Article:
9 And so, from the day we heard, we have not ceased to pray for you, asking that you may be filled with the knowledge of his will in all spiritual wisdom and understanding,
- So, from the moment Paul and Timothy (and likely others) became aware of the faith of those in Colosse, they began to pray unceasingly, asking God to fill them with the knowledge of his will given through Epaphras and the sacred writings they have available to them in a way that only believers can be, since "the natural man receives not the things of the spirit, nor can he understand them, because they are spiritually understood." In other words, only one who has the Holy Spirit living inside them can accept them and perceive the intended meaning of what was said and then rightly act on it.
10 so as to walk in a manner worthy of the Lord, fully pleasing to him, bearing fruit in every good work and increasing in the knowledge of God.
- The Colossians believers have everything they need to display the light of Christ through both word AND deed in order to prove their faith in Christ.
11 May you be strengthened with all power, according to his glorious might, for all endurance and patience with joy,
12 giving thanks to the Father, who has qualified you to share in the inheritance of the saints in light.
- The church in Colosse had been recently taken in by false teaching. Paul prays that, as the church of Colosse confronts the errors being ‘preached,’ that they will endure the process through to completion, joyfully remembering the truth already preached to them, that God enabled them to share in this inheritance, not some work done in and of themselves.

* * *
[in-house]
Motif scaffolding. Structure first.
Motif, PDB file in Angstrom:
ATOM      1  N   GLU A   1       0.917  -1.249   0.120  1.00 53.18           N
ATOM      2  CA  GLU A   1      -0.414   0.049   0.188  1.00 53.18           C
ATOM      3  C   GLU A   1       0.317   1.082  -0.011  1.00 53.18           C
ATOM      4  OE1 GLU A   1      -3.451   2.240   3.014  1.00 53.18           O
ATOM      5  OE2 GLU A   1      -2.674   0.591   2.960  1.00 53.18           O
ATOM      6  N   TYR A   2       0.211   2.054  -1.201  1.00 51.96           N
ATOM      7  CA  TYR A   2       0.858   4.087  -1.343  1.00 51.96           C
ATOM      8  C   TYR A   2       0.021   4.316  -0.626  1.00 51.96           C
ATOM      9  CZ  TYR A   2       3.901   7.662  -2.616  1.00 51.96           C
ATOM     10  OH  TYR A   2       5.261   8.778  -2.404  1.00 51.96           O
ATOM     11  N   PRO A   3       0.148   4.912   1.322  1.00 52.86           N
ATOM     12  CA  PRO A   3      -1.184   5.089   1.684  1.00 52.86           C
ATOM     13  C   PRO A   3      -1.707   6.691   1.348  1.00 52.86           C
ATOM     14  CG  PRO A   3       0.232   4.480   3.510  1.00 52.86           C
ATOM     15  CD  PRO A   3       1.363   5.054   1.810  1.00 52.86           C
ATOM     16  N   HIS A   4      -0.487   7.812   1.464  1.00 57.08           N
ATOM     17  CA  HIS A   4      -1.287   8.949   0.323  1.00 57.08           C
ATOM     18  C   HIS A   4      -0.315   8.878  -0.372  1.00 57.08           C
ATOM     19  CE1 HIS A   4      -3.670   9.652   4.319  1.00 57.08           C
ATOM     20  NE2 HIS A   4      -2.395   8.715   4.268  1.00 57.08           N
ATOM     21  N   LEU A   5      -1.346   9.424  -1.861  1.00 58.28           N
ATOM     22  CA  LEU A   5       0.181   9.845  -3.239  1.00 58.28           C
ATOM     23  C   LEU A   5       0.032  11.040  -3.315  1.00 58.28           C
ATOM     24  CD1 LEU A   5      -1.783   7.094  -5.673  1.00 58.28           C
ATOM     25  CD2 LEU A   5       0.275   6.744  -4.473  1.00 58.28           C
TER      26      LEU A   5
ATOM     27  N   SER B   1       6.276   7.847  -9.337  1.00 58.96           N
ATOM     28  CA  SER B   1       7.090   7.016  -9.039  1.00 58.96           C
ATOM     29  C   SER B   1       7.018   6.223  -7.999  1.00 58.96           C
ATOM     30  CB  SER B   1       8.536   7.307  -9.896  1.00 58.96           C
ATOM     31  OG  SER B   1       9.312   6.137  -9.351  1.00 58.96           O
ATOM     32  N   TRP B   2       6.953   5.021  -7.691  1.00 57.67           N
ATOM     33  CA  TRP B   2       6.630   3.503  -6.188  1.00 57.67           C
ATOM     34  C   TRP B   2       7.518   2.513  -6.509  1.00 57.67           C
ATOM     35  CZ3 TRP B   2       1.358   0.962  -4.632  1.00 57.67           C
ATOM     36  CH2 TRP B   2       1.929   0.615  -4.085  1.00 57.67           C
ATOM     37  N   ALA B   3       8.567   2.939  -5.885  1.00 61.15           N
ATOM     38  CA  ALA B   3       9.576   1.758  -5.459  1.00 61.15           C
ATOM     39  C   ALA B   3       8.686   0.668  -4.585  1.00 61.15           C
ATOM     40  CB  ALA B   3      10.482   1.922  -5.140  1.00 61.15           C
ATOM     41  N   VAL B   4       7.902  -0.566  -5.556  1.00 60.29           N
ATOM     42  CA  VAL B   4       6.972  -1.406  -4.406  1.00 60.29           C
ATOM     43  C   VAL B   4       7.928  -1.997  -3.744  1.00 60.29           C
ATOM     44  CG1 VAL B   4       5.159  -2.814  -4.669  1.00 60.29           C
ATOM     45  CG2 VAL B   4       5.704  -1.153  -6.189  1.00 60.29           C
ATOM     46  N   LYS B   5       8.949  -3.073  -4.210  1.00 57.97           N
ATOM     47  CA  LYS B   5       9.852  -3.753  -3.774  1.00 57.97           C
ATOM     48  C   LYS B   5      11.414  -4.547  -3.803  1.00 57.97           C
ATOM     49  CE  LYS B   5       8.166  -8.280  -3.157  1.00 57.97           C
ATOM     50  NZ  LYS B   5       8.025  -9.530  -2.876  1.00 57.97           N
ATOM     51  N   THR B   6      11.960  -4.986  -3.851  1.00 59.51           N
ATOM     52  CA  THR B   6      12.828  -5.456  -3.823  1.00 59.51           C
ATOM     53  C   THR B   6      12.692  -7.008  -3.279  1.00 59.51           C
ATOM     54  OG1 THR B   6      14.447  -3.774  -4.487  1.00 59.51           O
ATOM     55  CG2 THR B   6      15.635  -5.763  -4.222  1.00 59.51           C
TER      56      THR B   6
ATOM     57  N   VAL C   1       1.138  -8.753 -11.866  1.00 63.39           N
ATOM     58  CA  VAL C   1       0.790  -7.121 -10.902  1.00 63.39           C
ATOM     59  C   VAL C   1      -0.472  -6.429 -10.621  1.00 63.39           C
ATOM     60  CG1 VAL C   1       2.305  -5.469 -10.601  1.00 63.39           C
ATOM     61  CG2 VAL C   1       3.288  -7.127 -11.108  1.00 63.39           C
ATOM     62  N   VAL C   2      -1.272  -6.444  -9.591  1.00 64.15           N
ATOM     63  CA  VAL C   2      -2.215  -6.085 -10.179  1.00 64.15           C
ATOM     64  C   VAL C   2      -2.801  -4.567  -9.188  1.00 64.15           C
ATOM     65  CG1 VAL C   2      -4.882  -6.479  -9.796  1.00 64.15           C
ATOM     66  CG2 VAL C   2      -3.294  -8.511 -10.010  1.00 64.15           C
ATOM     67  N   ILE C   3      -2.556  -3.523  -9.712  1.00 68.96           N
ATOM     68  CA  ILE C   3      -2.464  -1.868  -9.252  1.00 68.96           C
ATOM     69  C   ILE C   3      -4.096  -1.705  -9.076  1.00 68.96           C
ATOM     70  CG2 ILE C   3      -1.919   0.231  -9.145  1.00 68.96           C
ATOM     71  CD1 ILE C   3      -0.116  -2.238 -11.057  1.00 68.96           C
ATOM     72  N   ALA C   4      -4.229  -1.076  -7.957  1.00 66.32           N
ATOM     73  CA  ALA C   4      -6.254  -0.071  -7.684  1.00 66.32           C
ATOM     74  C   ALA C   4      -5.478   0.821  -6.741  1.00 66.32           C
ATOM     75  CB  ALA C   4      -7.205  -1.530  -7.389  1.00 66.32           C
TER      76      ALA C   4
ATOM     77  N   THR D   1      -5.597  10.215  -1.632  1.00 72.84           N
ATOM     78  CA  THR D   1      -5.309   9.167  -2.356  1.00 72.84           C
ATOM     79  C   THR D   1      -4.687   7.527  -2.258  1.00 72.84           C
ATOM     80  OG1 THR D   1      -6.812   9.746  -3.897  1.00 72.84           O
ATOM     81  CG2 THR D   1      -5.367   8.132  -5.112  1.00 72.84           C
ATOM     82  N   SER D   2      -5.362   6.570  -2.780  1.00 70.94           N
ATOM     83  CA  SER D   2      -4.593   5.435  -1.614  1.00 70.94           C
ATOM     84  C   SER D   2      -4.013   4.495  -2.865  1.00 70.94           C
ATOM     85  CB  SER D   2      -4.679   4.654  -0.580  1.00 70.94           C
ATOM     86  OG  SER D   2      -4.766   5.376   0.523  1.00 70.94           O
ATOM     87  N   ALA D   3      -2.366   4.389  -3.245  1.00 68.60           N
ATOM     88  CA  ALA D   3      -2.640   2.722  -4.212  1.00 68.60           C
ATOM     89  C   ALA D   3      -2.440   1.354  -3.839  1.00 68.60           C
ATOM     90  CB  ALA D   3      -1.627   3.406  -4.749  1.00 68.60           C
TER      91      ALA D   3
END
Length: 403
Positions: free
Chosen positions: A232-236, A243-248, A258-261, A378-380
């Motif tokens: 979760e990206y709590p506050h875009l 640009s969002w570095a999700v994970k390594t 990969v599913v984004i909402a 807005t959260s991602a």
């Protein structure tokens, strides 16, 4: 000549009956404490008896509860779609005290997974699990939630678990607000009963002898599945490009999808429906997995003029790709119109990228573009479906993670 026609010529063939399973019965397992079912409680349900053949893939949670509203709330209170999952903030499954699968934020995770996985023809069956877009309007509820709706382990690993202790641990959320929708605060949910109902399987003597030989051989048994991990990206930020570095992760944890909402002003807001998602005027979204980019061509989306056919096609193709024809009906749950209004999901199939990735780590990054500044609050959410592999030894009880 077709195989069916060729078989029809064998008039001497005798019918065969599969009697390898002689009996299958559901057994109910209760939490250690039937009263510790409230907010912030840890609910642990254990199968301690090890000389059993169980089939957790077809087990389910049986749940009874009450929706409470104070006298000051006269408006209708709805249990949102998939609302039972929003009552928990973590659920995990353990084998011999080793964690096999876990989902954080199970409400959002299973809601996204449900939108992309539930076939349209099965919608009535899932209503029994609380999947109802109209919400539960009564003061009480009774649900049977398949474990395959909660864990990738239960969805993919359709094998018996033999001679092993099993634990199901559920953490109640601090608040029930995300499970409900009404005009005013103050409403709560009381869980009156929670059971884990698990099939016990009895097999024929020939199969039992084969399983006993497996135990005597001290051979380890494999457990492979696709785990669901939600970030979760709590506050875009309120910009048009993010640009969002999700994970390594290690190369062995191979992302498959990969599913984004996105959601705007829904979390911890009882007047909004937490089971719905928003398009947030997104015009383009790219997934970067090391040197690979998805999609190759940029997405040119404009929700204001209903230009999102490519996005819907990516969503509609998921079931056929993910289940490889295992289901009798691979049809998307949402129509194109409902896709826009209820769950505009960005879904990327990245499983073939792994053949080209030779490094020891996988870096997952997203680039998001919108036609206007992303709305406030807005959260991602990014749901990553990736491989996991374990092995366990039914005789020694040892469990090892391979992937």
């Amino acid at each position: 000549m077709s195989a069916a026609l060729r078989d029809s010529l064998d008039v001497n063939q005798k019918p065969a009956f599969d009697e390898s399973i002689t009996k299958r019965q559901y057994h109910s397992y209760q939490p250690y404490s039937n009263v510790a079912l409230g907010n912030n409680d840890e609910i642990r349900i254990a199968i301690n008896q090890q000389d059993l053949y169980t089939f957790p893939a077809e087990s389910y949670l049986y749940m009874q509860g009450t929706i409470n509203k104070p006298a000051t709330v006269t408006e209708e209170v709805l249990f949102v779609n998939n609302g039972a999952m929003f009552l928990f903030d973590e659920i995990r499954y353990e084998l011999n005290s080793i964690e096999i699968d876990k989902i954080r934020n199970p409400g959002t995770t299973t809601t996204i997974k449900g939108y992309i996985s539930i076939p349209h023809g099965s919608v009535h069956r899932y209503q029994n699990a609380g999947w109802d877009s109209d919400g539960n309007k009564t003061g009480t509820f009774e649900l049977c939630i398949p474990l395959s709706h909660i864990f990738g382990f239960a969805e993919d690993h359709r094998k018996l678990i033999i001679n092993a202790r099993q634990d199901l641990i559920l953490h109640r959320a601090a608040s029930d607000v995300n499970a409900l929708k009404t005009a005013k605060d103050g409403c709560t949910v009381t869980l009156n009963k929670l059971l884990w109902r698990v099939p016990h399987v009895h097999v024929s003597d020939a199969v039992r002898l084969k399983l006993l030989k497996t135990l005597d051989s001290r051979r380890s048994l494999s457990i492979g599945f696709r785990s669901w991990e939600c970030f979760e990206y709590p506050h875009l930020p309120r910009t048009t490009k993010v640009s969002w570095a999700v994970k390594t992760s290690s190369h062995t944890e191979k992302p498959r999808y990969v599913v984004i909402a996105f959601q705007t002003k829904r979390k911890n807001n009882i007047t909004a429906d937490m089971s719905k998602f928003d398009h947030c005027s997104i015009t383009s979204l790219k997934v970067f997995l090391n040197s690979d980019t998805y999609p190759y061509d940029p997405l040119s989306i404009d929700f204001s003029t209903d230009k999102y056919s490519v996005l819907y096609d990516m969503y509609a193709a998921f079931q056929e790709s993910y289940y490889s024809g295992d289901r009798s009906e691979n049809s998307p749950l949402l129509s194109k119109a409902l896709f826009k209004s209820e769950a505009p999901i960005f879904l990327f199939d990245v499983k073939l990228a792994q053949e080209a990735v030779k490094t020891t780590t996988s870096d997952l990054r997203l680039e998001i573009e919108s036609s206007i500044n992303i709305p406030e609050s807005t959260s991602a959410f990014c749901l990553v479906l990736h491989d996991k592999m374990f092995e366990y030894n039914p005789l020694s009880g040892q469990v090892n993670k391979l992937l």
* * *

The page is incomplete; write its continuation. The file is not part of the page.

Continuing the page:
13 He has delivered us from the domain of darkness and transferred us to the kingdom of his beloved Son,
14 in whom we have redemption, the forgiveness of sins.
- Paul reminds the Colossians of the effects of the Gospel (Christ’s death, burial and resurrection to win us forgiveness of sins), that Christ was punished for us, paid the penalty for our sin, and that what separates orthodox Christianity from all others is the forgiveness of sins and that Christ’s work was sufficient to pay entirely for our sins. Once a believer steps out of this life having put on Christ, we are with the Lord. And, that this assurance is for now, not a simple wishful thought. We are assured that ... NOW!
Paul makes two main points here. The first - hold fast to the truth you’ve already been given, being filled with the knowledge of God’s will as you increase in your knowledge of God. This knowledge of God, that you can have full forgiveness of sins once and for all and what that implies (oh so much!), should motivate you to good works “which God prepared in advance that we should walk in them.”
That said, our works are proof of our love for Jesus, not an attempt to win His love. Remember, Christ foreknew us (the people), not our actions. Most reformed theologians believe the phrase “foreknew” really means “fore-loved.” In the sense that Adam “knew” Eve and they bore a son, God “fore-knew us” and we were born again.